Written by: Sandhya Krishnan and Vashita Madan
In India, millions of patients, even today, lack access to basic health facilities for their health needs. The Covid-19 pandemic has only been spreading further. This has forced us to acknowledge the lack of proper health infrastructure and support services for patients. Nowhere is this impact more visible than in the case of tuberculosis or TB — India’s most significant health crisis.
The similar clinical symptoms of TB and Covid-19 present a deadly mix for India’s already overburdened health system. With patients fearful of visiting medical facilities due to the pandemic, they have taken to ignoring their symptoms or delaying routine care procedures. How can the health system help?
For patients of TB, regular follow ups, and constant monitoring and check-ups are important and this poses a unique challenge. Regular in-clinic facilities or visits by doctors thus, must be aided by remote support. How do we understand remote support for TB? The idea of remote support itself is radical for TB programmes, where in-person monitoring is critical in public, though almost negligible monitoring is available in the private sector.
Patients have concerns regarding the availability of services, sufficient nutrition and mental health support — here too, remote support could have a role to play. Additionally, some have travel costs to access health facilities and the lack of resources to do it is an obstacle to seeking care or continuing treatment. Some expressed that they fear making their relatives travel to pick up their free-of-cost drugs from the government centres.
There is a growing anxiety and an urgent need for remote support to TB patients that could be effectively implemented using community-based groups that include TB survivors, since they are credible and relatable to new patients to provide remote peer support and information.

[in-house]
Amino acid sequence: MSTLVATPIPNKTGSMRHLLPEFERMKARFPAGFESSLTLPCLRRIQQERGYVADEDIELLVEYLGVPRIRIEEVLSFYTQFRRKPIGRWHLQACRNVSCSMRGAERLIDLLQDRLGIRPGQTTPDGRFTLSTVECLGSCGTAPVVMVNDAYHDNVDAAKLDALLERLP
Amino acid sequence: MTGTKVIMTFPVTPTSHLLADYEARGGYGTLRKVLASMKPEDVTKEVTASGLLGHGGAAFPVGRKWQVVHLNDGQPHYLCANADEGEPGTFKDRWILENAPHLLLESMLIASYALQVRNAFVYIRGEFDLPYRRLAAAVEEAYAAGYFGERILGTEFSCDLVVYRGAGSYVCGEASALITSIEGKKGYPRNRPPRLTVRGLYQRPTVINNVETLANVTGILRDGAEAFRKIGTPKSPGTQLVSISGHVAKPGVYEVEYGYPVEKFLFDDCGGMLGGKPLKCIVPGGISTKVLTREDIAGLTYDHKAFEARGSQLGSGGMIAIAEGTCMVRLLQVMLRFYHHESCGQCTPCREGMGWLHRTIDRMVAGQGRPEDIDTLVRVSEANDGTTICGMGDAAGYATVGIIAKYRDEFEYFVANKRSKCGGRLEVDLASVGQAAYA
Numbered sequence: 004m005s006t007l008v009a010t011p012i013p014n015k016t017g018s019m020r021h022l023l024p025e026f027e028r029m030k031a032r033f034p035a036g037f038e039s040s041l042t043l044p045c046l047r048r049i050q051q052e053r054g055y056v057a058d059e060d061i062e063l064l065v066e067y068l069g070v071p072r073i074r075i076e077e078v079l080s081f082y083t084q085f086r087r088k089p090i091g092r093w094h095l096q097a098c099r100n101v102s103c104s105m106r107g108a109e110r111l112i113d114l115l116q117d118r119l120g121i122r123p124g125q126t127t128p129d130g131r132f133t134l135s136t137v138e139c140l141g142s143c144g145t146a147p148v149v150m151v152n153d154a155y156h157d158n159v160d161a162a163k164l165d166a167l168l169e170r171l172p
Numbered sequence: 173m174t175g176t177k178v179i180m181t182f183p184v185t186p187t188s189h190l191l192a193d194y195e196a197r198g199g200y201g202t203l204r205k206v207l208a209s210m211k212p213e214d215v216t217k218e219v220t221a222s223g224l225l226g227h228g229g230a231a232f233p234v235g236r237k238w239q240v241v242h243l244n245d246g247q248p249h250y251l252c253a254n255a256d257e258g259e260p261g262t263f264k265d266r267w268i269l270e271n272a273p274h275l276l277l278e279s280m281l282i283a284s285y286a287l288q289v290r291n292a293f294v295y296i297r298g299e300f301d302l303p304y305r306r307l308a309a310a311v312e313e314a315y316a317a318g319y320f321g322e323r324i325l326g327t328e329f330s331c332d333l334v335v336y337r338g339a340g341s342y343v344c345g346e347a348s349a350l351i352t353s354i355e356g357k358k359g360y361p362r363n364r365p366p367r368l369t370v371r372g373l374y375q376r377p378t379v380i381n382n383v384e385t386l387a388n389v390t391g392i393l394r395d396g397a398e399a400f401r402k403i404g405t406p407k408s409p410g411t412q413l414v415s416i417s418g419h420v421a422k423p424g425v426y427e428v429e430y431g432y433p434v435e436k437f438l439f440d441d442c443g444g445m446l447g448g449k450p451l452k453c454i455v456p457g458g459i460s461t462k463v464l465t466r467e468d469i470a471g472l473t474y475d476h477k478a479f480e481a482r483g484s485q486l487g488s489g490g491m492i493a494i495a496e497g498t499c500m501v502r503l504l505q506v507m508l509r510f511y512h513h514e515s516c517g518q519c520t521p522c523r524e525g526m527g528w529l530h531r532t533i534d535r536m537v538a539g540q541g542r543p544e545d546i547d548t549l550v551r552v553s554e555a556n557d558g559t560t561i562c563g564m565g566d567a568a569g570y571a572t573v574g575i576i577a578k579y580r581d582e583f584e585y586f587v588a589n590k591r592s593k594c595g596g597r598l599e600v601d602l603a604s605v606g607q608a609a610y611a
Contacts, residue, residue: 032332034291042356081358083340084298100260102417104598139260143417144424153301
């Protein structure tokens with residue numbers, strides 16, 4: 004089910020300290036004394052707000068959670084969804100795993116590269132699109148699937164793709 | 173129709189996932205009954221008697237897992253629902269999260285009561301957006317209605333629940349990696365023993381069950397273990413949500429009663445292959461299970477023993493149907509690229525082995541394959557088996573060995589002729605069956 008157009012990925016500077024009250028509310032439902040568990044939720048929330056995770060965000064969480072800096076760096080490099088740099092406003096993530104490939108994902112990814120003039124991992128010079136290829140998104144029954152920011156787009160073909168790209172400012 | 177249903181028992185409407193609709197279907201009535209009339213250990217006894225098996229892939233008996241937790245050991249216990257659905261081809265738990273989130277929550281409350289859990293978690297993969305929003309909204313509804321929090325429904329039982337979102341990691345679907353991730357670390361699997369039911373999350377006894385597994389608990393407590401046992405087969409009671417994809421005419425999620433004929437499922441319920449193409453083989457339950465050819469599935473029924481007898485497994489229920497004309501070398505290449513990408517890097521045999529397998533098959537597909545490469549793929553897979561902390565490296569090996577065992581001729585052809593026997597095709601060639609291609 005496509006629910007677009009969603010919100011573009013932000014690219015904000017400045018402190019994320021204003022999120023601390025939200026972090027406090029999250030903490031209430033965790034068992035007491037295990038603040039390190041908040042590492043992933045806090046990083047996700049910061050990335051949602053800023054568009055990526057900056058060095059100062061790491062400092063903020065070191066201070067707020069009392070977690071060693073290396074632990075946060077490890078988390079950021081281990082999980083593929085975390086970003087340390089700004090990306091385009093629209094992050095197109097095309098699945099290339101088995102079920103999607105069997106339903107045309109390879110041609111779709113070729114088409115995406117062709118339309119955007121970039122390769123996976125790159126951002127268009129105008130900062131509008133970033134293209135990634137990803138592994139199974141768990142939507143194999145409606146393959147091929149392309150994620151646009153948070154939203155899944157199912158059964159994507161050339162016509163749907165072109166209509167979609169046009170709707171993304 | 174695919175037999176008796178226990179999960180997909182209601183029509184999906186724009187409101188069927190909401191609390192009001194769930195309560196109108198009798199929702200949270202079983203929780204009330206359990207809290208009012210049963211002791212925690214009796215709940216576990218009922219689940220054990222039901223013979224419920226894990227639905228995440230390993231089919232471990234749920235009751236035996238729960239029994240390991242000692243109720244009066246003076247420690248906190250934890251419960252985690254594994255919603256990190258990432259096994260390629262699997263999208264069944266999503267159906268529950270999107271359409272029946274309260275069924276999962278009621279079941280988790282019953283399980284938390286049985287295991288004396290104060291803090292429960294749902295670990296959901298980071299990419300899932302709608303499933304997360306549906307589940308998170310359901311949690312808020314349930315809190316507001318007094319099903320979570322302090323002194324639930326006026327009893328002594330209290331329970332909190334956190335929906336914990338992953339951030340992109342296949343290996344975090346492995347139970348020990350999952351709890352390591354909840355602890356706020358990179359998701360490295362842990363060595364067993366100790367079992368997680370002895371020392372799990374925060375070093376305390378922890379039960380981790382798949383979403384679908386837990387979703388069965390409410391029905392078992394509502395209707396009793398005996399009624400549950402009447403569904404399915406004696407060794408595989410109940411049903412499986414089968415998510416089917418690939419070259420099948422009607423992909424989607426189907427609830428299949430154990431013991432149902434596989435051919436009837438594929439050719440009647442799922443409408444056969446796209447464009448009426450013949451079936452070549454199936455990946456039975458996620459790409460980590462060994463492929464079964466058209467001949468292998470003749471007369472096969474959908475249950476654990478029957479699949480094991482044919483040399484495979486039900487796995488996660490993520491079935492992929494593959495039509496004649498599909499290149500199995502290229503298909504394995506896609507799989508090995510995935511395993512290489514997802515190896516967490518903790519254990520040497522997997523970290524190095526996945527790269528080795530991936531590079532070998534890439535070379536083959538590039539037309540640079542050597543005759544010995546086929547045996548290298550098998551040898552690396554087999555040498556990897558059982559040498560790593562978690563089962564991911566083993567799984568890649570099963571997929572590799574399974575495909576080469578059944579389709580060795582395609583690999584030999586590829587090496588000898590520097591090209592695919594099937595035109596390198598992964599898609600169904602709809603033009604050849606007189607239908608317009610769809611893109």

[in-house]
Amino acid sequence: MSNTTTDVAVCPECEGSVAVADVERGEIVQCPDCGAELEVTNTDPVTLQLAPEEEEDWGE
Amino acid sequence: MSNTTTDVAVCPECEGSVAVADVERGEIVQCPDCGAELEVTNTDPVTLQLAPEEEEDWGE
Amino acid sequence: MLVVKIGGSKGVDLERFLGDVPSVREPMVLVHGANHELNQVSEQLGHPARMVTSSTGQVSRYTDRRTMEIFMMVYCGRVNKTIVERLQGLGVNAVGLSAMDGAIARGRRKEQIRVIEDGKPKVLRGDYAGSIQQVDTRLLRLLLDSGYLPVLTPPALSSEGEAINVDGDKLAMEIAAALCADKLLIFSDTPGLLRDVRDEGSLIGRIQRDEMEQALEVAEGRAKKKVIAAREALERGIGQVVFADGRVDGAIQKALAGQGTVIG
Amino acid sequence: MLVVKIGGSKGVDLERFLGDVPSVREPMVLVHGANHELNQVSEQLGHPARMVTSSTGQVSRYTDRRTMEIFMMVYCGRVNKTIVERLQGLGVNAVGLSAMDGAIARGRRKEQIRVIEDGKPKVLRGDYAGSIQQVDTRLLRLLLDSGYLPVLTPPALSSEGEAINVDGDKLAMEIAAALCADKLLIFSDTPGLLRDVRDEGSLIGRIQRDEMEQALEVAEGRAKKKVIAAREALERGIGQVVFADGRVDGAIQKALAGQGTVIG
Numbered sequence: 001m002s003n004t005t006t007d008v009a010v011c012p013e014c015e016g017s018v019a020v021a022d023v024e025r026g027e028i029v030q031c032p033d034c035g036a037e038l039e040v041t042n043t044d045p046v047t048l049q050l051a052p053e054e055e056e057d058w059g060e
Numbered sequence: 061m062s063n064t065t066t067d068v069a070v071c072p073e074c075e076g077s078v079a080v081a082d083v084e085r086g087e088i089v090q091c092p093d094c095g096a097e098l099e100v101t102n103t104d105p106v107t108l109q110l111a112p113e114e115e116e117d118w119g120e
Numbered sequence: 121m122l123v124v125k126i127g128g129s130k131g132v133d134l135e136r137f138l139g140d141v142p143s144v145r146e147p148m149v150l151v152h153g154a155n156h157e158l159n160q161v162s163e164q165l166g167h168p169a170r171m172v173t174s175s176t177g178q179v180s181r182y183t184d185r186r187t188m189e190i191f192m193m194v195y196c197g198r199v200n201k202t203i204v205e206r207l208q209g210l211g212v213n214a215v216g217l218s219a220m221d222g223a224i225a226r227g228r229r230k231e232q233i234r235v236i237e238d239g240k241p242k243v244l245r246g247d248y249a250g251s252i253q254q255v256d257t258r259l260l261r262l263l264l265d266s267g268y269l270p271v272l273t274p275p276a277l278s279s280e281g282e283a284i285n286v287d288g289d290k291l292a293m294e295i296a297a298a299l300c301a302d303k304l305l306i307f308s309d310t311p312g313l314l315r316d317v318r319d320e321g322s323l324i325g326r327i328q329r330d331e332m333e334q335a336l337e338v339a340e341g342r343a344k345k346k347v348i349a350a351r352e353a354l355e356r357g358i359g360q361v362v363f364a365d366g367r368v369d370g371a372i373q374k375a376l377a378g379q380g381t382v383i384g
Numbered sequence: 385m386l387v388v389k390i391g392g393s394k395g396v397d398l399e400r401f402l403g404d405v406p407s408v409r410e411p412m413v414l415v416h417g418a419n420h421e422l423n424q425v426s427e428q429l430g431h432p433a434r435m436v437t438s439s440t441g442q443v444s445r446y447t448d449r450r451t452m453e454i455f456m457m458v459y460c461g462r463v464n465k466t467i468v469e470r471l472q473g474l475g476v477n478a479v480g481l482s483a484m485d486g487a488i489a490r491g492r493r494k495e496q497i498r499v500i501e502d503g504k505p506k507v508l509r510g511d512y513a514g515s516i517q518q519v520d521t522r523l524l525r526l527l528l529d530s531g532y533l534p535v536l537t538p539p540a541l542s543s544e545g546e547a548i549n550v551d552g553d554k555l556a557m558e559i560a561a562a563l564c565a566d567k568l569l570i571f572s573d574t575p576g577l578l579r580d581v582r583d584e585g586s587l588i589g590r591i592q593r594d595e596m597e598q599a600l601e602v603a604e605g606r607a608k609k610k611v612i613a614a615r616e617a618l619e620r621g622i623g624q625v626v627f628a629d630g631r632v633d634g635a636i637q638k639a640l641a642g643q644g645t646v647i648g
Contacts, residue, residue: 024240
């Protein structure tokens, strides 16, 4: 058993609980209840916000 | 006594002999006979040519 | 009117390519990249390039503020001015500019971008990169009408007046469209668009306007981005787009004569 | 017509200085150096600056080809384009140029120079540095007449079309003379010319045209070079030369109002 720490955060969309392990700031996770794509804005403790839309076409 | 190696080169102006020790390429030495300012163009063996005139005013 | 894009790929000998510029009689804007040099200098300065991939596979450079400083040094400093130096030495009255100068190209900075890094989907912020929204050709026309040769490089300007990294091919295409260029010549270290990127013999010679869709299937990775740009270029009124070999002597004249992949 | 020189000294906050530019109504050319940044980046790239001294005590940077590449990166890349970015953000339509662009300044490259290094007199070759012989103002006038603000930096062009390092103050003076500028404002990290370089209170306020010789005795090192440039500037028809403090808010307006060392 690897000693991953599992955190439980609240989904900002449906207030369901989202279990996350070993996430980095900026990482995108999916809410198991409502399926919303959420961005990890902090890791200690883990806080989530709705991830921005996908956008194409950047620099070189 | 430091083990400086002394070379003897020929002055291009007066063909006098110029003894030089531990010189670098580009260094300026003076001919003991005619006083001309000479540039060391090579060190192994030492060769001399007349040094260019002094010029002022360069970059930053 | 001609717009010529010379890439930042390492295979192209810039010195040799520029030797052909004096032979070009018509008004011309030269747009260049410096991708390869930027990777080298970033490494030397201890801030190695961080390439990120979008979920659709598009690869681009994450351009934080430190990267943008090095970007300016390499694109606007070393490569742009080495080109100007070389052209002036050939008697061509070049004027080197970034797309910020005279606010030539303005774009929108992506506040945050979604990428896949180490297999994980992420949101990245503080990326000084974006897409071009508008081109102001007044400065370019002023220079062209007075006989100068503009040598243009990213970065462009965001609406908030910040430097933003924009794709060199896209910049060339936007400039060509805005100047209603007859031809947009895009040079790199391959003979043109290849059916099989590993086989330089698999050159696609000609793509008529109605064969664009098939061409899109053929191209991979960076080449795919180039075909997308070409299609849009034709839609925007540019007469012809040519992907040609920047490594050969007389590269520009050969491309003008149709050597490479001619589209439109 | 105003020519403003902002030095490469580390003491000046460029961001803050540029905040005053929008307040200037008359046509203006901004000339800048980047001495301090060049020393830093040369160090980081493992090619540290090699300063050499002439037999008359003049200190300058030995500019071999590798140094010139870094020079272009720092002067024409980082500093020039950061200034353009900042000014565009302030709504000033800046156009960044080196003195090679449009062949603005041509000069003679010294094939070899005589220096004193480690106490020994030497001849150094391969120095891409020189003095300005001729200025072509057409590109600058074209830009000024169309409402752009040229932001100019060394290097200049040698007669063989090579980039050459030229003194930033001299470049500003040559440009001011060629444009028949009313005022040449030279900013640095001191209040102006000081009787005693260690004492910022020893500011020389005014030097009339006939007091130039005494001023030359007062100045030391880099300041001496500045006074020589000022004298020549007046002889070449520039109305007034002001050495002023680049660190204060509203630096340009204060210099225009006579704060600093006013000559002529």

How would this work? Remote medical support could be in the form of a telemedicine service that allows constant monitoring of the patient’s condition using a mobile device and the networks. How can this help TB patients? We know, for instance, on an ongoing basis without oversight from a healthcare provider or a visit, what their medicine intake patterns are, any challenges that are being encountered, and if these need to be resolved.
A secondary benefit is that the collected information can be used by the health system to understand infrastructural challenges and use local machinery to help patients. Effectively using this information will allow the health system to evaluate the information and reorient support strategies for patients. Overall, at this critical time, this allows the system to be more people focussed, data-driven and improve its interventions and strategies.
In these challenging times, remote support comes as a useful tool to fight TB. It gives patients a sense of hope and continuity, allowing them to directly engage with the system. It allows them to report challenges instead of giving up on treatment due to side effects. Most importantly, it can help in infection control, stigma mitigation and management of mental health challenges as soon as they appear.
In short, despite the pandemic, we can inform, guide and support patients through treatment. For patients, it provides treatment and care in a safe environment, creates direct contact with medical staff, shortens response time, improves treatment effectiveness, and provides an understanding of and access to their own medical situation.
At the health system level, it reduces hospital visits or in-person visits by health workers. It relieves the medical staff, raises the effectiveness of various treatments, and provides day-to-day update of patient’s medical information. It also safeguards them, reduces their stress and long working hours and allows them to focus on other issues.
In the current situation in India, there have been little efforts towards remote support for TB patients. While the government has been running a call-center and other efforts, these remain limited. The health workers and medical staff lack sufficient training in remote support, adherence strategies for TB have been delayed and the system lacks innovation and an effective use of digital media.
The pandemic has provided us with an opportunity to address these challenges by initiating remote support and providing patients the much needed-help they need as they battle TB in times of COVID-19.
About the authors: Sandhya is a wellness and mindfulness coach, TB Survivor and associated with Survivors Against TB (SATB), a collective of survivors, advocates and experts working on TB and related co-morbidities. Vashita is a public health professional and writer, also associated with SATB.